Party on, LGBs. We’ll be over here.
November 18, 2013
Earlier today, I wrote an article at Thought Catalog about my annual conversation with my mother in regards to her “War on Christmas” pins. Shortly after publishing it, I decided to dive into the the mindset of someone who actually believes that there’s some sort of attack against Christmas.
Eric Owens, Education Editor at the Daily Caller, a conservative media outlet, is one of my favorite examples. I’d like everyone to look at these two pieces by Owens, both published within the past 5 weeks, and find the hypocrisy.
On one hand, observing a Muslim holiday by taking the day off of school (much like Christmas is an observed holiday in public schools…) in a public school is an attempt to “force their religion on everybody else.”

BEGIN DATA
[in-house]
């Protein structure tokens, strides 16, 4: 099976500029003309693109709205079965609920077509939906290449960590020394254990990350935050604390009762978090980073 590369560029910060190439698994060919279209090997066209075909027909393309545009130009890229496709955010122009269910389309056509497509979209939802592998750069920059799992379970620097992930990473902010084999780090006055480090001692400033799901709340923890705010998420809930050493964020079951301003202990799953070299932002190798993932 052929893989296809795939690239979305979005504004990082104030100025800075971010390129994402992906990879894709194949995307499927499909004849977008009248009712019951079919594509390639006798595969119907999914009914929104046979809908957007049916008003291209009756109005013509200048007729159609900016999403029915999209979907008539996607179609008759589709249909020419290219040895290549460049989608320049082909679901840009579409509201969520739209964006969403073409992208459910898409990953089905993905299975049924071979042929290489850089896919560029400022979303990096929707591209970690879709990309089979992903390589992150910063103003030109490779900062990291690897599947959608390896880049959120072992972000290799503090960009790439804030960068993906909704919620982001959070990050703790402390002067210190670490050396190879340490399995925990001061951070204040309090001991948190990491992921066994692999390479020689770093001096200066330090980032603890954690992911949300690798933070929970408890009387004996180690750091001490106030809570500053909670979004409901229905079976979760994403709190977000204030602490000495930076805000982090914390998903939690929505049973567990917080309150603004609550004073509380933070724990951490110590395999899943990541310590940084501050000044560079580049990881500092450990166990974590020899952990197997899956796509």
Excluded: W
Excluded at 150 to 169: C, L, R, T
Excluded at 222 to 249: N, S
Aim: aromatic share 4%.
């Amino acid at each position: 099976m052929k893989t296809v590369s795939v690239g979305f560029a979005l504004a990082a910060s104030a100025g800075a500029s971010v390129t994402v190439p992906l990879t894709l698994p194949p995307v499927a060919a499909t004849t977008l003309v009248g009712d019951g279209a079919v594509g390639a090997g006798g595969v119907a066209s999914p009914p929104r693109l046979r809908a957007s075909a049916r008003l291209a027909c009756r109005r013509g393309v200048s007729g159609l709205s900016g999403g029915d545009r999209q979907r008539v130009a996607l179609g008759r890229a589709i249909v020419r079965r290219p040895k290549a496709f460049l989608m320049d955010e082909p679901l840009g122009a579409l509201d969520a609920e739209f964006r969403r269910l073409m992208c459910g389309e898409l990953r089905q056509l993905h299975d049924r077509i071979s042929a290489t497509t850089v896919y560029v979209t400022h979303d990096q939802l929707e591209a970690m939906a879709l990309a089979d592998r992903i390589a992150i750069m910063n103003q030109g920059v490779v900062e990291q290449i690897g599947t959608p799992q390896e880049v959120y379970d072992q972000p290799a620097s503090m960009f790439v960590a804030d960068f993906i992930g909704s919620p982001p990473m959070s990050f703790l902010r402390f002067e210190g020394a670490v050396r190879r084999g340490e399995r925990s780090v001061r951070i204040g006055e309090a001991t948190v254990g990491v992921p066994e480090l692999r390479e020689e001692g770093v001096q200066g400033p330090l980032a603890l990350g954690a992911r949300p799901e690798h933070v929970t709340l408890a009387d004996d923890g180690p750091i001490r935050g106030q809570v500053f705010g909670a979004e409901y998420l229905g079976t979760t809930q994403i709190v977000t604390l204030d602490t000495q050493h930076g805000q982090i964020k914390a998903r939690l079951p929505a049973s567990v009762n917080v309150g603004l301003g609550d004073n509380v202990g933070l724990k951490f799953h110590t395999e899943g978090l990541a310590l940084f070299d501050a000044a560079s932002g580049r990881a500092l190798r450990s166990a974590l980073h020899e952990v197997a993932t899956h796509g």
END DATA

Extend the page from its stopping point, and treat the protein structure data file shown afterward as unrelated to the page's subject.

In the other piece, the mere thought that public schools would not be singing about the tiny baby Jesus and God and so on — that is a WAR! What’s this? Someone suggested that the school include a few secular holiday tunes in their performances (“Jingle Bells,” “Frosty the Snowman,” “Walking in a Winter Wonderland,” and so on). This is tantamount to the attack on Pearl Harbor! This means war!
This is how those who believe in a “War on Christmas” operate. They decry anything religious in public schools unless it’s their religion we’re talking about; in which case, there needs to be more of it.
Don’t get me wrong, I love Christmas. What I don’t love are hypocrites.
November 18, 2013
My mother wears a pin.
Every year, around November, she’ll affix 2 pins to her jacket: “KEEP THE ‘CHRIST’ IN ‘CHRISTMAS’” and “IT’S OKAY! YOU CAN SAY MERRY CHRISTMAS TO ME!”